SymptomsBy Mayo Clinic staff
Although children with typhoid fever sometimes become sick suddenly, signs and symptoms are more likely to develop gradually — often appearing one to three weeks after exposure to the disease.
1st week of illness
Once signs and symptoms do appear, you're likely to experience:
- Fever, that starts low and increases daily, often to as high as 103 or 104 F (39.4 or 40 C)
- Weakness and fatigue
- Dry cough
- Loss of appetite
- Abdominal pain
- Diarrhea or constipation
2nd week of illness
If you don't receive treatment for typhoid fever, you may enter a second stage during which you become very ill and experience:
- Continuing high fever
- Either diarrhea or severe constipation
- Considerable weight loss
- Extremely distended abdomen
3rd week of illness
By the third week, you may:
- Become delirious
- Lie motionless and exhausted with your eyes half-closed in what's known as the typhoid state
Life-threatening complications often develop at this time.
4th week of illness
Improvement may come slowly during the fourth week. Your fever is likely to decrease gradually until your temperature returns to normal in another week to 10 days. But signs and symptoms can return up to two weeks after your fever has subsided.
When to see a doctor
See a doctor immediately if you suspect you have typhoid fever. If you become ill while traveling in a foreign country, call the U.S. Consulate for a list of doctors. Better yet, find out in advance about medical care in the areas you'll visit, and carry a list of the names, addresses and phone numbers of recommended doctors.
If you develop signs and symptoms after you return home, consider consulting a doctor who focuses on international travel medicine or infectious diseases. A specialist may be able to recognize and treat your illness more quickly than can a doctor who isn't trained in these areas.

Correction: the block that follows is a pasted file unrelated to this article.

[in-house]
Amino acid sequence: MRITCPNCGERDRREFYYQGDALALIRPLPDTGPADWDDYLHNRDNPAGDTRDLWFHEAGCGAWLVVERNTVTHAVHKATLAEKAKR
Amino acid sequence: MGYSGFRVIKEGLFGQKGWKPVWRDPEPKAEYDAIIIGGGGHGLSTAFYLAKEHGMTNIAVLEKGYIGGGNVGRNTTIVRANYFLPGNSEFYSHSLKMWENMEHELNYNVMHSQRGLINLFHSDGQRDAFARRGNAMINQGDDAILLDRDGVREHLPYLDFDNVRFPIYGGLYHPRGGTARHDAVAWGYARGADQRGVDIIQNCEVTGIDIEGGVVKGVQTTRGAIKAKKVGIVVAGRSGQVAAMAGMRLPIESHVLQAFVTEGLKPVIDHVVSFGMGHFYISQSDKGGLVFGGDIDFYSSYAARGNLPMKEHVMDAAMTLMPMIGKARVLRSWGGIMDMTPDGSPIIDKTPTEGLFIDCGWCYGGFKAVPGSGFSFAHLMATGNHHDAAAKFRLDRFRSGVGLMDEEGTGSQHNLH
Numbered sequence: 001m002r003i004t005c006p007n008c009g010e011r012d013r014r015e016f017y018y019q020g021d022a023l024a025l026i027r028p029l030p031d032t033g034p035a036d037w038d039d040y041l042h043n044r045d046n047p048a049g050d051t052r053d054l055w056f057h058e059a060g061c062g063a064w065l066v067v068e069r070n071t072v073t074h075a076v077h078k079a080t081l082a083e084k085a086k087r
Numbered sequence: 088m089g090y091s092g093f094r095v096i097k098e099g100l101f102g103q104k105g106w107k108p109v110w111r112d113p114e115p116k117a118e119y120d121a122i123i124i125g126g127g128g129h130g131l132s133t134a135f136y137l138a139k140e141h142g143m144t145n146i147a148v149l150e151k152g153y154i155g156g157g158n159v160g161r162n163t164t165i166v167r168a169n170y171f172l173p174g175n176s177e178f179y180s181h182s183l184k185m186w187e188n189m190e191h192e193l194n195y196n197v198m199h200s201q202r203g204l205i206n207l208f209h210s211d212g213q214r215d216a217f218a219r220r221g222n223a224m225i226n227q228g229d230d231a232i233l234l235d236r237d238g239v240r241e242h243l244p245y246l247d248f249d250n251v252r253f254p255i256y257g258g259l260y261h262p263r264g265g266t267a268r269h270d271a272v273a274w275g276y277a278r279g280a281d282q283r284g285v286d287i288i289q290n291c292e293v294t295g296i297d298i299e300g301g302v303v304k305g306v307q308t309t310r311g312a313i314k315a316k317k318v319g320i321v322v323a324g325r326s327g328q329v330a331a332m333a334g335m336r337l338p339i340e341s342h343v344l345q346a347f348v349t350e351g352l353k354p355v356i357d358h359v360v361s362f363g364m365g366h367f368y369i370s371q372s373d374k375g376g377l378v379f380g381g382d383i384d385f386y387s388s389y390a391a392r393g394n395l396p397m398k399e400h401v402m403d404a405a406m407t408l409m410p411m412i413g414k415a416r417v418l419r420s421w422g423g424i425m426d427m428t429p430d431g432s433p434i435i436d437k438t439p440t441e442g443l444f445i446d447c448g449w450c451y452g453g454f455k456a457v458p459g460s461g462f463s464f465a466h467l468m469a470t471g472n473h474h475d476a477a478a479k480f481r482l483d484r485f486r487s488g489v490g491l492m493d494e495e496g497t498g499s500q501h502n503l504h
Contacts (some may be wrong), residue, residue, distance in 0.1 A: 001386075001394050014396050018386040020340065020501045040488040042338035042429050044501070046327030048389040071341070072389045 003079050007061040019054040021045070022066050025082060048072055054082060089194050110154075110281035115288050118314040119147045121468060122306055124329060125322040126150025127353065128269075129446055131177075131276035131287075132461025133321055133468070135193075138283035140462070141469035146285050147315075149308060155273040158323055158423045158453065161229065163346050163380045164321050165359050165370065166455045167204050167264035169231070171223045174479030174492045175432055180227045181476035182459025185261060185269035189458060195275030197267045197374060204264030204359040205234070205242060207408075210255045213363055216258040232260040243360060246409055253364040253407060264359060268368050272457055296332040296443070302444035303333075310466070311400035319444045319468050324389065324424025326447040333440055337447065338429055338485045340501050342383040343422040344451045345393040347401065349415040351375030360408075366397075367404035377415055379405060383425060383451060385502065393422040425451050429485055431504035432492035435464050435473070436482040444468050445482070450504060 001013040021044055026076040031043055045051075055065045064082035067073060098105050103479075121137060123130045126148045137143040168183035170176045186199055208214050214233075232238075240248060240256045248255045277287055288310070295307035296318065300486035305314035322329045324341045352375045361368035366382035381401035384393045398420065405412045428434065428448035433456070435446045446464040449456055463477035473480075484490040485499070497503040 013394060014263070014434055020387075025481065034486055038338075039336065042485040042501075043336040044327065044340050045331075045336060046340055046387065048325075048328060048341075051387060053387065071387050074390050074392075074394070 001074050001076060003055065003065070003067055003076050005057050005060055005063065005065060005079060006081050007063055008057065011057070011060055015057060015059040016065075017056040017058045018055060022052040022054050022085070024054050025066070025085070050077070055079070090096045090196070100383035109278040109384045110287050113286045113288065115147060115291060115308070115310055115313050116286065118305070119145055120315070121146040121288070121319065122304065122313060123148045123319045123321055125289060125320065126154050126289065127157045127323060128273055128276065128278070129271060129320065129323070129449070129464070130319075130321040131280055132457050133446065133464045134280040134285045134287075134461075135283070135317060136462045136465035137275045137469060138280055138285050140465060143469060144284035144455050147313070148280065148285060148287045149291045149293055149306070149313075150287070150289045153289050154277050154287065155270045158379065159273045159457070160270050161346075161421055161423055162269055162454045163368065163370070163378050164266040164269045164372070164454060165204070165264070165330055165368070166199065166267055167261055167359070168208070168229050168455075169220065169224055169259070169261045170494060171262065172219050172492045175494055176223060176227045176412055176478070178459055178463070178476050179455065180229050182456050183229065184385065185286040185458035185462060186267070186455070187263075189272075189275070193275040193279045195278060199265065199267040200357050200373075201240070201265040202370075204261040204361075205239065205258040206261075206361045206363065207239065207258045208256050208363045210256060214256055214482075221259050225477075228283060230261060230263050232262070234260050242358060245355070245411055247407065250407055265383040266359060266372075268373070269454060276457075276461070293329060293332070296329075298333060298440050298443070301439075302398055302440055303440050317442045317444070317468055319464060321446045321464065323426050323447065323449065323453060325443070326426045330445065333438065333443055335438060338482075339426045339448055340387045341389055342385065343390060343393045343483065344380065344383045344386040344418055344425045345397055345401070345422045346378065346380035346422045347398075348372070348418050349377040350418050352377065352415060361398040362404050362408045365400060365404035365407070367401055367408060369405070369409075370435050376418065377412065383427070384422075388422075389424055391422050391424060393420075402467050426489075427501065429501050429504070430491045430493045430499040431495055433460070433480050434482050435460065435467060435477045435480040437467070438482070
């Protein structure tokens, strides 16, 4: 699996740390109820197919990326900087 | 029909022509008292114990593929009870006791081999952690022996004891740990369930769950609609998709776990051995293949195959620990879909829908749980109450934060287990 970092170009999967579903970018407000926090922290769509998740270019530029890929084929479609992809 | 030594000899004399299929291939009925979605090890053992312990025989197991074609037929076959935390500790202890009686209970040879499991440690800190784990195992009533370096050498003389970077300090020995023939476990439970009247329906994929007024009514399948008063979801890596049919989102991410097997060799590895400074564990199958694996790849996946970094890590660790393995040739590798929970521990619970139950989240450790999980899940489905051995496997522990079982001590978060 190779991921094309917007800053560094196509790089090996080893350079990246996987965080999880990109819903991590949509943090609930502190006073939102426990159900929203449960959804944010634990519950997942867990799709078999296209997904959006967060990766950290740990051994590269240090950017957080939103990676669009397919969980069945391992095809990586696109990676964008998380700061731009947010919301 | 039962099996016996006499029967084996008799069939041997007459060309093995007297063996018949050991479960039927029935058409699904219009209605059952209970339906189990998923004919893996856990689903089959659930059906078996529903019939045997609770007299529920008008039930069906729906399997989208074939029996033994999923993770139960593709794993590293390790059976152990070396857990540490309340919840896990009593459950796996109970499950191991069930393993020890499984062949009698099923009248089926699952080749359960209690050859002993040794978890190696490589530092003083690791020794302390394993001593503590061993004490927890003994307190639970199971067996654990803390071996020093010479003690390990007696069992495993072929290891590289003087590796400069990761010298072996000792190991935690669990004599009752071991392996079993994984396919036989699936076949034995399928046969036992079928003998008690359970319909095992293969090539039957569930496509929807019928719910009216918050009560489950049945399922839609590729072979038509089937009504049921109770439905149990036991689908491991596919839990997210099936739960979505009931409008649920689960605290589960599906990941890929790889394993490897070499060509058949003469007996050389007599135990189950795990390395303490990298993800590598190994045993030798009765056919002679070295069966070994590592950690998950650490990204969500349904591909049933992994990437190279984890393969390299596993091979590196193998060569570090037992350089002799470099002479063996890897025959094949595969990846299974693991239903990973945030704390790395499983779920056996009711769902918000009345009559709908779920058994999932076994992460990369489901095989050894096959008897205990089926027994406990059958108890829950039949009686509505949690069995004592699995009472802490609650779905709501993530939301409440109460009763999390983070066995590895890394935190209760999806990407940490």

- Brunette GW, et al. CDC Health Information for International Travel 2012. Atlanta, Ga.: U.S. Department of Health and Human Services, Public Health Service; 2012. http://wwwnc.cdc.gov/travel/yellowbook/2010/chapter-2/typhoid-paratyphoid-fever.aspx. Accessed April 26, 2012.
- Typhoid fever. Centers for Disease Control and Prevention. http://www.cdc.gov/nczved/divisions/dfbmd/diseases/typhoid_fever/. Accessed April 18, 2012.
- Maurice J. A first step in bringing typhoid fever out of the closet. The Lancet. 2012;379:699.
- Goldman L, et al. Cecil Medicine. 24th ed. Philadelphia, Pa.: Saunders Elsevier; 2008. http://www.mdconsult.com/books/page.do?eid=4-u1.0-B978-1-4377-1604-7..00316-X&isbn=978-1-4377-1604-7&sid=1301718288&uniqId=331385541-5#4-u1.0-B978-1-4377-1604-7..00316-X. Accessed April 26, 2012.
- Bope ET, et al. Conn's Current Therapy. Philadelphia, Pa.: Saunders Elsevier; 2012. http://www.mdconsult.com/books/linkTo?type=bookHome&eid=4-u1.0-B978-1-4557-0738-6..C2009-0-38985-0--TOP&isbn=978-1-4557-0738-6&uniqId=331385541-3. Accessed April 26, 2012.
- Mayer CA, et al. Typhoid and paratyphoid fever. Australian Family Physician. 2010;39:847.
- Crump JA, et al. Global trends in typhoid and paratyphoid fever. Clinical Infectious Diseases. 2010;50:241.
- Humphries RL, et al. Current Diagnosis & Treatment Emergency Medicine. 7th ed. New York, N.Y.: The McGraw-Hill Companies; 2011. http://www.accessmedicine.com/content.aspx?aID=55748503. Accessed April 27, 2012.
- Longo DL, et al. Harrison's Online. 18th ed. New York, N.Y.: The McGraw-Hill Companies; 2012. http://www.accessmedicine.com/content.aspx?aID=9113180. Accessed April 27, 2012.